Night drives in safari trucks equipped with spotlights are also possible – watch out for the red eyes of a caiman. You might also get lucky and see elusive species like ocelot, puma, crab-eating fox, Brazilian tapir and raccoons. As well as classic river cruises, you can paddle around in a traditional canoe. This quiet mode of transport won’t scare away the wildlife and is a superb way to spot the Pantanal’s impressive birdlife. Horse riding is another great way to explore, with animals unfazed by the presence of horses, thanks to the cowboys who herd cattle on horseback here.
The best way to see the wildlife of the Pantanal is on an organised tour, either tailor made or small group, that employs experienced local guides. You can’t really explore a jaguar and caiman rich region alone, for obvious reasons, and while it’s possible to join a wildlife tour once you arrive, to guarantee the best guides, with the richest knowledge, it’s better and much easier to simply book onto a specialist wildlife holiday in advance that includes plenty of time in the Pantanal.
Dedicated Pantanal wildlife tours spend as much as 10 days here, while wider two-week Brazil wildlife tours might devote a week to the Pantanal. This ups the chances of seeing jaguar and also gives you time to enjoy all the other wildlife, and methods of seeing it. Even some Brazil two-week highlights tours include a couple of days in the Pantanal.
Specialist wildlife guides from the local community are your fast track to some amazing wildlife viewing. They can hear a family of giant river otters from far away, recognise the sound of an otter coming up for air, and can pick out the tell-tale crunch of a cat fish being ripped apart from metres away. They understand the daily habits of all the wildlife living in the Pantanal – when it feeds, sleeps and moves around – and can take you directly to the best spots for sightings.
In addition, using local guides keeps your tourist money within the local community, and throughout the Pantanal, cooperation between ecotourism and landowners (mostly cattle ranchers) has contributed to the sustainable conservation of the environment. Some organised wildlife tours give a portion of the cost of your holiday to a scheme that provides local ranchers with a small income, covering the shortfall created by the seasonal flooding of the area, which would otherwise be covered by more intensive (and hence more destructive) ranching efforts. In this way, local ranchers are encouraged to coexist with wildlife.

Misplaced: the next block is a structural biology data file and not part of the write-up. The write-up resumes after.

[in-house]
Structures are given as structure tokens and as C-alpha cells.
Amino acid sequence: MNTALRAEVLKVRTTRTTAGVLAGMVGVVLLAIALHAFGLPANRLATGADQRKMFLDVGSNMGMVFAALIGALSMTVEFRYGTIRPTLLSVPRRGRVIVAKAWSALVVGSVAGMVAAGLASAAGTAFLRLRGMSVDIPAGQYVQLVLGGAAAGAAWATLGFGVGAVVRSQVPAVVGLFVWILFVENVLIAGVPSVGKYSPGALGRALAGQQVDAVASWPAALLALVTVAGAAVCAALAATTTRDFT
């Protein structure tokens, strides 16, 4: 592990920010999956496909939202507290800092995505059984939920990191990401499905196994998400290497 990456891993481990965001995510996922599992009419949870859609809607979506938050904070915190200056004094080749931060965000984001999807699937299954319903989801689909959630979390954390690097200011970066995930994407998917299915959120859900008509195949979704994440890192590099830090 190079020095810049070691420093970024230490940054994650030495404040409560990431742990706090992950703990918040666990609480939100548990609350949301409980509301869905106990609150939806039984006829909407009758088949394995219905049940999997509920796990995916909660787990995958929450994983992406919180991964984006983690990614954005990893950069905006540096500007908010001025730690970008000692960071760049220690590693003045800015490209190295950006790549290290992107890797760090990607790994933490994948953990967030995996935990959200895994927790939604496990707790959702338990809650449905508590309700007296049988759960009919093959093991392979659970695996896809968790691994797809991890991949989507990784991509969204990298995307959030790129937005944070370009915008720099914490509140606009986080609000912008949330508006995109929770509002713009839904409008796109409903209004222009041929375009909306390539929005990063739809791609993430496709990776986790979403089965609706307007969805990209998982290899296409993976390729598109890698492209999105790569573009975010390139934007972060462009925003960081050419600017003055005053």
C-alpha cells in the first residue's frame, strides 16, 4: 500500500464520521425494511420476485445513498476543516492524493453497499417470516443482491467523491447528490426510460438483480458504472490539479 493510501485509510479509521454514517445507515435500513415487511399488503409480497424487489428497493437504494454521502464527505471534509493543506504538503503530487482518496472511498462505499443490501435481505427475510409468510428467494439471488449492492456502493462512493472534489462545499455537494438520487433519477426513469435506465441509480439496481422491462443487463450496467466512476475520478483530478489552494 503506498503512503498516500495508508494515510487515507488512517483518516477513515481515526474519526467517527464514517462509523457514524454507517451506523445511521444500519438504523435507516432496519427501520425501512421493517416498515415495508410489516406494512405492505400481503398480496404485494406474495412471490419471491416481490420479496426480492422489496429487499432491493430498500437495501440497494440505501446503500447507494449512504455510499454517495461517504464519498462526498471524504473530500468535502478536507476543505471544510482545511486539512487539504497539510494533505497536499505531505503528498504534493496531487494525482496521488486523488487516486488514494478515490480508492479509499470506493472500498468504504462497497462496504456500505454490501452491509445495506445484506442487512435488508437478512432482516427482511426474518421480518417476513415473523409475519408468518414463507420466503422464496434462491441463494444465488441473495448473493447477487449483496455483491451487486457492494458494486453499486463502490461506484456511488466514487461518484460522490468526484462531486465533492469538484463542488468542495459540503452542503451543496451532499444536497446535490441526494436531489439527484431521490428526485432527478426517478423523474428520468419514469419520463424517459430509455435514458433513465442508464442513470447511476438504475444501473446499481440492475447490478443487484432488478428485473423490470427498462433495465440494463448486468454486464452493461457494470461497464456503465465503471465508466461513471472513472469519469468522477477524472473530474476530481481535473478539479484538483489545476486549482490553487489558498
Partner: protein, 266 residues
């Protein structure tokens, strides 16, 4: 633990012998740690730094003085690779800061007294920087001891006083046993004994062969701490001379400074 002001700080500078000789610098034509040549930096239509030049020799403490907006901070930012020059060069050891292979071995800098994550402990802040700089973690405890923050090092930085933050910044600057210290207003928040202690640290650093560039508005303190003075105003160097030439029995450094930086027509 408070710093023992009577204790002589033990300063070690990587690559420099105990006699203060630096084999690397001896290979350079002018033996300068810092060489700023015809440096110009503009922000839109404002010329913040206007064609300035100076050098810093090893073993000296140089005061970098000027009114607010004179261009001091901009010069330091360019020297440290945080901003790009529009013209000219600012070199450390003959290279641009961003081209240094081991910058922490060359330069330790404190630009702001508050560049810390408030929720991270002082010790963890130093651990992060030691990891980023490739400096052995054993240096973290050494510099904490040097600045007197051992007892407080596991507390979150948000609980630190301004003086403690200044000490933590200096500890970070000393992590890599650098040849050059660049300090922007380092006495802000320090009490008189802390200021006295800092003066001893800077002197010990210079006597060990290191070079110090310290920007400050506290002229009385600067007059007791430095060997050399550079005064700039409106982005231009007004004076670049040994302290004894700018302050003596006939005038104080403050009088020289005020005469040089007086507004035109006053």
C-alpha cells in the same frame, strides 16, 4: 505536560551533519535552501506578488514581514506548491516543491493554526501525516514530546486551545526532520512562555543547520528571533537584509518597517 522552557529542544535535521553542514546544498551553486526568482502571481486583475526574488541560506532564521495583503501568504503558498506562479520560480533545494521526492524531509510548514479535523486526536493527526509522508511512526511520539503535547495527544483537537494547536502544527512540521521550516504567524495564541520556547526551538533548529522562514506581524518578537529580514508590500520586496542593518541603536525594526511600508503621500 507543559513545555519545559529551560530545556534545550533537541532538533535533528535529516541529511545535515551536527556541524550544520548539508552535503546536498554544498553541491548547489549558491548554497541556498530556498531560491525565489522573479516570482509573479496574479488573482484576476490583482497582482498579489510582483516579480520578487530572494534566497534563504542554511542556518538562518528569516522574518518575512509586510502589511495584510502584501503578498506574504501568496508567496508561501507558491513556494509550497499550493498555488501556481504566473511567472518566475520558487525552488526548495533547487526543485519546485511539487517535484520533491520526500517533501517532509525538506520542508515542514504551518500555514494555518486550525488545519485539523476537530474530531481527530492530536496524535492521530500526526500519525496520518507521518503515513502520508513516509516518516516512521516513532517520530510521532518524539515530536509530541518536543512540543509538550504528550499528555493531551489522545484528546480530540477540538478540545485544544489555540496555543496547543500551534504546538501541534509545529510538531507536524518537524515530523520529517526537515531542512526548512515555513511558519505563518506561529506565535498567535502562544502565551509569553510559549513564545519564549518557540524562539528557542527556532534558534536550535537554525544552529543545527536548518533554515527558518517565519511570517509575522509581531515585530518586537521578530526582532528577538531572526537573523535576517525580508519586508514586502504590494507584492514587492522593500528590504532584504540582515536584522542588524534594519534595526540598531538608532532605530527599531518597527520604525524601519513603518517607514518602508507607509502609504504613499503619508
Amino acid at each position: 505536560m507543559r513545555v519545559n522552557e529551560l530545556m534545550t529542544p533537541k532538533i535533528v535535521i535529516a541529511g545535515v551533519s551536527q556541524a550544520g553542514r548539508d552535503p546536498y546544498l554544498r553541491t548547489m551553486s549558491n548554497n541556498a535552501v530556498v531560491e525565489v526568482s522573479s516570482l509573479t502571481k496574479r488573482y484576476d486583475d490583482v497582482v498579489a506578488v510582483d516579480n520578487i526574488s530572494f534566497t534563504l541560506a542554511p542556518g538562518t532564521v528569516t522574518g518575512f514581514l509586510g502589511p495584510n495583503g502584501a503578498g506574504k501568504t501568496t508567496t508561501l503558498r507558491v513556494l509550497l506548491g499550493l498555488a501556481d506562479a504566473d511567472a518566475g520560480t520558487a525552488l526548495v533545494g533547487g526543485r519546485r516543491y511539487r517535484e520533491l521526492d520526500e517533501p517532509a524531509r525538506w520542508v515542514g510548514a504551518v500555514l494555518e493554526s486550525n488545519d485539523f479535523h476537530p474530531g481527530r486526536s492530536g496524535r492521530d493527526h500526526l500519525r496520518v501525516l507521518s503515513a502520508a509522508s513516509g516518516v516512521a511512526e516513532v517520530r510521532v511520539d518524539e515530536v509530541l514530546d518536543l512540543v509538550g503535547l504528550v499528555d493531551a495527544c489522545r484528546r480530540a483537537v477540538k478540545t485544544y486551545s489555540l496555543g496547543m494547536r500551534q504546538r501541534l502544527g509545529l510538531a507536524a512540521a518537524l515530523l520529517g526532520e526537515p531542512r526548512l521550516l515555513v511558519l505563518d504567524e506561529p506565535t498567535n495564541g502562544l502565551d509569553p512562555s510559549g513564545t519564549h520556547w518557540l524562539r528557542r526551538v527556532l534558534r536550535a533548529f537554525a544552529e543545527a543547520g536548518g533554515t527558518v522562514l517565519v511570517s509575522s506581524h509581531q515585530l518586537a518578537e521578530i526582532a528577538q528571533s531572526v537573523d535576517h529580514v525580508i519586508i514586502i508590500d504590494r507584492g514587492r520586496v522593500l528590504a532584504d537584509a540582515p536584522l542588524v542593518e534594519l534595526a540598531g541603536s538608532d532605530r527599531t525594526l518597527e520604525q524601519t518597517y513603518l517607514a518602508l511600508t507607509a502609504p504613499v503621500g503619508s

Travel Team
If you'd like to chat about Brazil wildlife or need help finding a holiday to suit you we're very happy to help.


Both small group and tailor made holidays to Brazil take in the Pantanal, typically flying you into Cuiabá, from Rio or Manaus, and from there driving along the Transpantaneira Road. The Northern and the Southern Pantanal are divided by a river, with the Northern Pantanal a wildlife lover’s dream and the best place in the world to see jaguars, around Porto Jofre.
The cooler, dry winter months, May to November, offer the best combination of animal sightings and agreeable temperatures, and much more of the often flooded Pantanal is accessible now. This is the best time to see jaguars, when water levels are low and the animals bask on exposed riverbanks. In fact, the best place to see jaguars is near Porto Jofre, but this area is accessible only during the short dry season. In the wet season, 80 percent of the land is submerged by the overflowing rivers.
The wet season runs from November to April, when some areas of the Pantanal may become inaccessible. Low season is December to March when prices are at their very lowest but the heat, rain and humidity are unpleasant. Conditions on the Transpantaneira road are poor and mean that many companies in Cuiabá essentially close down at this time.
Don’t expect infinity pools and spas at your accommodation, as you can find in some African safari lodges. In the Pantanal, you’ll typically stay in locally owned accommodation including ranch houses which are existing buildings, not vast hotels built for tourists. There’s good food, a warm welcome and you’ll be surrounded by wildlife. Who needs chandeliers and roll-top baths, after all?
Written by Joanna Simmons
Photo credits: [Page banner: Tambako The Jaguar] [Tapir: Wolves201] [Horse riding: Patty Ho] [Giant otter: Bernard DUPONT]